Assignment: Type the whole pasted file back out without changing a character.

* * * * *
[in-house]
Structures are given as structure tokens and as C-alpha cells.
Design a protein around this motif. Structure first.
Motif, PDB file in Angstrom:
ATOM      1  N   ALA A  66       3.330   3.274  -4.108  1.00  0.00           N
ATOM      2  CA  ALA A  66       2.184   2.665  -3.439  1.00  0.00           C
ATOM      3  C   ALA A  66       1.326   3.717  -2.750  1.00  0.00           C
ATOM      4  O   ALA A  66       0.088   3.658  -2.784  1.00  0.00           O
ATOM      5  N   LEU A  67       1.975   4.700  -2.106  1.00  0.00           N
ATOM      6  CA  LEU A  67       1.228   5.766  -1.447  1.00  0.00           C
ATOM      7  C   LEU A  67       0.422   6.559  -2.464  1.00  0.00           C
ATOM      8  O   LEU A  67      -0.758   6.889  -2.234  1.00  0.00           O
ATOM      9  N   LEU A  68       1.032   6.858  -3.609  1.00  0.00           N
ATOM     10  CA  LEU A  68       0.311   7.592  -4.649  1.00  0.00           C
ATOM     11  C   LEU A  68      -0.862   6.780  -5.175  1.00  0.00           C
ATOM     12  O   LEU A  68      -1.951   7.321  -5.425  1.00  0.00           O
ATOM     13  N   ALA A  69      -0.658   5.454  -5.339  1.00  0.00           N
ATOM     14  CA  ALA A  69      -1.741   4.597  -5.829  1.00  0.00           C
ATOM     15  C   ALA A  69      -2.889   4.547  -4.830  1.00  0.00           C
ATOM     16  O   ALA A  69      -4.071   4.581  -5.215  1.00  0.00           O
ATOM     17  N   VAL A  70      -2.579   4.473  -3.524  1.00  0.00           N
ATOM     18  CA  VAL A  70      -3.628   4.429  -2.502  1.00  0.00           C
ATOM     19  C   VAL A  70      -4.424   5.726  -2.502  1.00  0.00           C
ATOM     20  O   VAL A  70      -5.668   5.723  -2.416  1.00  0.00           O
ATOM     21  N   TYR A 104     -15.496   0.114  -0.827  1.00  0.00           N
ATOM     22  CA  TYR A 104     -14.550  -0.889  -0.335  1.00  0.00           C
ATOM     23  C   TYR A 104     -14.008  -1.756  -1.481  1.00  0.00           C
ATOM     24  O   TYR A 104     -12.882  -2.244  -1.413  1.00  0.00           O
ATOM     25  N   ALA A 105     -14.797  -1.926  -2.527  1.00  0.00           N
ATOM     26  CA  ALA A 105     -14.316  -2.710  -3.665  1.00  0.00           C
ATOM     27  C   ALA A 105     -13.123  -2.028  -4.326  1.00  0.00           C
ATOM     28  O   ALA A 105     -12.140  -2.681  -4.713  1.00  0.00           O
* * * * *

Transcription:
[in-house]
Structures are given as structure tokens and as C-alpha cells.
Design a protein around this motif. Structure first.
Motif, PDB file in Angstrom:
ATOM      1  N   ALA A  66       3.330   3.274  -4.108  1.00  0.00           N
ATOM      2  CA  ALA A  66       2.184   2.665  -3.439  1.00  0.00           C
ATOM      3  C   ALA A  66       1.326   3.717  -2.750  1.00  0.00           C
ATOM      4  O   ALA A  66       0.088   3.658  -2.784  1.00  0.00           O
ATOM      5  N   LEU A  67       1.975   4.700  -2.106  1.00  0.00           N
ATOM      6  CA  LEU A  67       1.228   5.766  -1.447  1.00  0.00           C
ATOM      7  C   LEU A  67       0.422   6.559  -2.464  1.00  0.00           C
ATOM      8  O   LEU A  67      -0.758   6.889  -2.234  1.00  0.00           O
ATOM      9  N   LEU A  68       1.032   6.858  -3.609  1.00  0.00           N
ATOM     10  CA  LEU A  68       0.311   7.592  -4.649  1.00  0.00           C
ATOM     11  C   LEU A  68      -0.862   6.780  -5.175  1.00  0.00           C
ATOM     12  O   LEU A  68      -1.951   7.321  -5.425  1.00  0.00           O
ATOM     13  N   ALA A  69      -0.658   5.454  -5.339  1.00  0.00           N
ATOM     14  CA  ALA A  69      -1.741   4.597  -5.829  1.00  0.00           C
ATOM     15  C   ALA A  69      -2.889   4.547  -4.830  1.00  0.00           C
ATOM     16  O   ALA A  69      -4.071   4.581  -5.215  1.00  0.00           O
ATOM     17  N   VAL A  70      -2.579   4.473  -3.524  1.00  0.00           N
ATOM     18  CA  VAL A  70      -3.628   4.429  -2.502  1.00  0.00           C
ATOM     19  C   VAL A  70      -4.424   5.726  -2.502  1.00  0.00           C
ATOM     20  O   VAL A  70      -5.668   5.723  -2.416  1.00  0.00           O
ATOM     21  N   TYR A 104     -15.496   0.114  -0.827  1.00  0.00           N
ATOM     22  CA  TYR A 104     -14.550  -0.889  -0.335  1.00  0.00           C
ATOM     23  C   TYR A 104     -14.008  -1.756  -1.481  1.00  0.00           C
ATOM     24  O   TYR A 104     -12.882  -2.244  -1.413  1.00  0.00           O
ATOM     25  N   ALA A 105     -14.797  -1.926  -2.527  1.00  0.00           N
ATOM     26  CA  ALA A 105     -14.316  -2.710  -3.665  1.00  0.00           C
ATOM     27  C   ALA A 105     -13.123  -2.028  -4.326  1.00  0.00           C
ATOM     28  O   ALA A 105     -12.140  -2.681  -4.713  1.00  0.00           O